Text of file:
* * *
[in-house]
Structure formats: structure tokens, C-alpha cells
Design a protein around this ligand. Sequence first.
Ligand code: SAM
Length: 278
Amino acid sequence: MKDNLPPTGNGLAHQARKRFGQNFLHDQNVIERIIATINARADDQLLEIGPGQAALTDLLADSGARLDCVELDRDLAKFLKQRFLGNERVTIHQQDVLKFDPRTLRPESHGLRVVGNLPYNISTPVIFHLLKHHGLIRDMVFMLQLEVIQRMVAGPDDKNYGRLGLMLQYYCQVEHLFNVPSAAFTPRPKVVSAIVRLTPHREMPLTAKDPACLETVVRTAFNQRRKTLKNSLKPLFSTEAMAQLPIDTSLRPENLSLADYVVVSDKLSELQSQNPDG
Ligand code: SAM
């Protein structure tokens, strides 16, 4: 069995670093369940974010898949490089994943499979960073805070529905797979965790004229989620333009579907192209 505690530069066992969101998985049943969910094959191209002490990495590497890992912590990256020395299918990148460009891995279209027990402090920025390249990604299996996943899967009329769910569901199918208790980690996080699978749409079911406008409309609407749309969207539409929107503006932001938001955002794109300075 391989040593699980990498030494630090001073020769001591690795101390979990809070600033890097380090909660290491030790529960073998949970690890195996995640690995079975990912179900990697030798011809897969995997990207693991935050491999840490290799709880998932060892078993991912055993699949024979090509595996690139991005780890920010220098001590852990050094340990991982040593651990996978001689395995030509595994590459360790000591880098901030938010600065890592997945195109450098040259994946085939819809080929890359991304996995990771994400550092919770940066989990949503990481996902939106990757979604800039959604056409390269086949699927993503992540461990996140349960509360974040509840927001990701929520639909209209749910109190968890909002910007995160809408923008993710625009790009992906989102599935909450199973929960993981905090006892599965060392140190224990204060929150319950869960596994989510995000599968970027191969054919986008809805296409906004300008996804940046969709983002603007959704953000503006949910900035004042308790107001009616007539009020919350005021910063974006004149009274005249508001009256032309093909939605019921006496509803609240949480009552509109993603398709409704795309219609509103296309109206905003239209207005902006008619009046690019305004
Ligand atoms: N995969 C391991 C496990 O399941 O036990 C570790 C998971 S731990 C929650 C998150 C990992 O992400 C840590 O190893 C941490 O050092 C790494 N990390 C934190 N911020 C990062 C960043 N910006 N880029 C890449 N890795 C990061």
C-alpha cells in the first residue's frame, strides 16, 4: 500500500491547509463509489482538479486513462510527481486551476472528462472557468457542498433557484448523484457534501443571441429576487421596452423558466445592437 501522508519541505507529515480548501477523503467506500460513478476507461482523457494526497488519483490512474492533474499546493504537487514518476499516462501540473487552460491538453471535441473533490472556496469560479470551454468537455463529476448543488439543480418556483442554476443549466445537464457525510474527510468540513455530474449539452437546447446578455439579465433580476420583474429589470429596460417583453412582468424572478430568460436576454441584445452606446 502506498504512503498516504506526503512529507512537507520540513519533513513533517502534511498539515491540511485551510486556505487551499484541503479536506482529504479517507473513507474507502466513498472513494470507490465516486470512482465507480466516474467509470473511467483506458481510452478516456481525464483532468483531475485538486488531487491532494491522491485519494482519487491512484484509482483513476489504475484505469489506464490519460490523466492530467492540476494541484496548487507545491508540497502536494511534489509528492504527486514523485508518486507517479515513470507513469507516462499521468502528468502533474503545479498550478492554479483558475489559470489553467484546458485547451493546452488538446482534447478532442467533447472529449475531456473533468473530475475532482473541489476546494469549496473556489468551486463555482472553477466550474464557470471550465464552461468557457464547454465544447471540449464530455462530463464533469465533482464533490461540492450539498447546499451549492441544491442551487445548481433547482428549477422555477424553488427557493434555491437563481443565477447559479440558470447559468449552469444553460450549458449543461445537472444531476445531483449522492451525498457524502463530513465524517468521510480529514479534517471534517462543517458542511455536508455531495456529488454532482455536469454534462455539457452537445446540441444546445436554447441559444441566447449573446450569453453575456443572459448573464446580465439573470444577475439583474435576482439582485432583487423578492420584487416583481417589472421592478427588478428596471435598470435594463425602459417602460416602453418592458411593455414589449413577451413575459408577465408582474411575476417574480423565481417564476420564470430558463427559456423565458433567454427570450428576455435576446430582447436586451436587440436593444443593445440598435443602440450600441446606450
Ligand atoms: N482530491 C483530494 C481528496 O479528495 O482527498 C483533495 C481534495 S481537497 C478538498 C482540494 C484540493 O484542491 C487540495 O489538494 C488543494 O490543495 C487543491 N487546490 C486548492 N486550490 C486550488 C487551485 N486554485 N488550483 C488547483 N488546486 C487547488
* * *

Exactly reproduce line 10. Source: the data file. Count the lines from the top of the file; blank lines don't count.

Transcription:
C-alpha cells in the first residue's frame, strides 16, 4: 500500500491547509463509489482538479486513462510527481486551476472528462472557468457542498433557484448523484457534501443571441429576487421596452423558466445592437 501522508519541505507529515480548501477523503467506500460513478476507461482523457494526497488519483490512474492533474499546493504537487514518476499516462501540473487552460491538453471535441473533490472556496469560479470551454468537455463529476448543488439543480418556483442554476443549466445537464457525510474527510468540513455530474449539452437546447446578455439579465433580476420583474429589470429596460417583453412582468424572478430568460436576454441584445452606446 502506498504512503498516504506526503512529507512537507520540513519533513513533517502534511498539515491540511485551510486556505487551499484541503479536506482529504479517507473513507474507502466513498472513494470507490465516486470512482465507480466516474467509470473511467483506458481510452478516456481525464483532468483531475485538486488531487491532494491522491485519494482519487491512484484509482483513476489504475484505469489506464490519460490523466492530467492540476494541484496548487507545491508540497502536494511534489509528492504527486514523485508518486507517479515513470507513469507516462499521468502528468502533474503545479498550478492554479483558475489559470489553467484546458485547451493546452488538446482534447478532442467533447472529449475531456473533468473530475475532482473541489476546494469549496473556489468551486463555482472553477466550474464557470471550465464552461468557457464547454465544447471540449464530455462530463464533469465533482464533490461540492450539498447546499451549492441544491442551487445548481433547482428549477422555477424553488427557493434555491437563481443565477447559479440558470447559468449552469444553460450549458449543461445537472444531476445531483449522492451525498457524502463530513465524517468521510480529514479534517471534517462543517458542511455536508455531495456529488454532482455536469454534462455539457452537445446540441444546445436554447441559444441566447449573446450569453453575456443572459448573464446580465439573470444577475439583474435576482439582485432583487423578492420584487416583481417589472421592478427588478428596471435598470435594463425602459417602460416602453418592458411593455414589449413577451413575459408577465408582474411575476417574480423565481417564476420564470430558463427559456423565458433567454427570450428576455435576446430582447436586451436587440436593444443593445440598435443602440450600441446606450